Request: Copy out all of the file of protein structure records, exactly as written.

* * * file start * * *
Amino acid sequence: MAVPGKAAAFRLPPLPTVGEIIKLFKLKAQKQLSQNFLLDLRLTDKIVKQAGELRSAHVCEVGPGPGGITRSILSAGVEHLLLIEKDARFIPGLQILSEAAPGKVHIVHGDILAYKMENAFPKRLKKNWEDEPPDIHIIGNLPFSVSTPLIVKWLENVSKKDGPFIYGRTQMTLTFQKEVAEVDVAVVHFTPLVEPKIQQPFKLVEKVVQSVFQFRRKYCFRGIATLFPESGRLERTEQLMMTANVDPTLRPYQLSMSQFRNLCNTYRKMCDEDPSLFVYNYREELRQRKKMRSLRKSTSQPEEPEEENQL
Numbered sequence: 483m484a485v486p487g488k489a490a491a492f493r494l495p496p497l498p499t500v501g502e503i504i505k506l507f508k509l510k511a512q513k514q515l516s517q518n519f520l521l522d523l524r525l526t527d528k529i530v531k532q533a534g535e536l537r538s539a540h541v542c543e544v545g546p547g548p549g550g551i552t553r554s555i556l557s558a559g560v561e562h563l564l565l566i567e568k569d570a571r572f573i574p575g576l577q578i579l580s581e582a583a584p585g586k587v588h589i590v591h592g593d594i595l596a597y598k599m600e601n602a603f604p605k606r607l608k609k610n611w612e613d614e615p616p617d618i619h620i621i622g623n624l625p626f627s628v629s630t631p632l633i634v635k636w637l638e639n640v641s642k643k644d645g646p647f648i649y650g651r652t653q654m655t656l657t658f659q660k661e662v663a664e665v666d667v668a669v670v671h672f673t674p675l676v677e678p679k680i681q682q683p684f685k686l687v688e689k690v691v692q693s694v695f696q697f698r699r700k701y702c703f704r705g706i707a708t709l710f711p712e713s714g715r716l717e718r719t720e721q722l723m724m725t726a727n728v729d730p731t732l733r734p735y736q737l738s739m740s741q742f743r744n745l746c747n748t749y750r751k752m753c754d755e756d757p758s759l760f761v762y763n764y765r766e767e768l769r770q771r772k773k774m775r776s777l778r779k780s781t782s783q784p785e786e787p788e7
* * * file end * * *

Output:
Amino acid sequence: MAVPGKAAAFRLPPLPTVGEIIKLFKLKAQKQLSQNFLLDLRLTDKIVKQAGELRSAHVCEVGPGPGGITRSILSAGVEHLLLIEKDARFIPGLQILSEAAPGKVHIVHGDILAYKMENAFPKRLKKNWEDEPPDIHIIGNLPFSVSTPLIVKWLENVSKKDGPFIYGRTQMTLTFQKEVAEVDVAVVHFTPLVEPKIQQPFKLVEKVVQSVFQFRRKYCFRGIATLFPESGRLERTEQLMMTANVDPTLRPYQLSMSQFRNLCNTYRKMCDEDPSLFVYNYREELRQRKKMRSLRKSTSQPEEPEEENQL
Numbered sequence: 483m484a485v486p487g488k489a490a491a492f493r494l495p496p497l498p499t500v501g502e503i504i505k506l507f508k509l510k511a512q513k514q515l516s517q518n519f520l521l522d523l524r525l526t527d528k529i530v531k532q533a534g535e536l537r538s539a540h541v542c543e544v545g546p547g548p549g550g551i552t553r554s555i556l557s558a559g560v561e562h563l564l565l566i567e568k569d570a571r572f573i574p575g576l577q578i579l580s581e582a583a584p585g586k587v588h589i590v591h592g593d594i595l596a597y598k599m600e601n602a603f604p605k606r607l608k609k610n611w612e613d614e615p616p617d618i619h620i621i622g623n624l625p626f627s628v629s630t631p632l633i634v635k636w637l638e639n640v641s642k643k644d645g646p647f648i649y650g651r652t653q654m655t656l657t658f659q660k661e662v663a664e665v666d667v668a669v670v671h672f673t674p675l676v677e678p679k680i681q682q683p684f685k686l687v688e689k690v691v692q693s694v695f696q697f698r699r700k701y702c703f704r705g706i707a708t709l710f711p712e713s714g715r716l717e718r719t720e721q722l723m724m725t726a727n728v729d730p731t732l733r734p735y736q737l738s739m740s741q742f743r744n745l746c747n748t749y750r751k752m753c754d755e756d757p758s759l760f761v762y763n764y765r766e767e768l769r770q771r772k773k774m775r776s777l778r779k780s781t782s783q784p785e786e787p788e7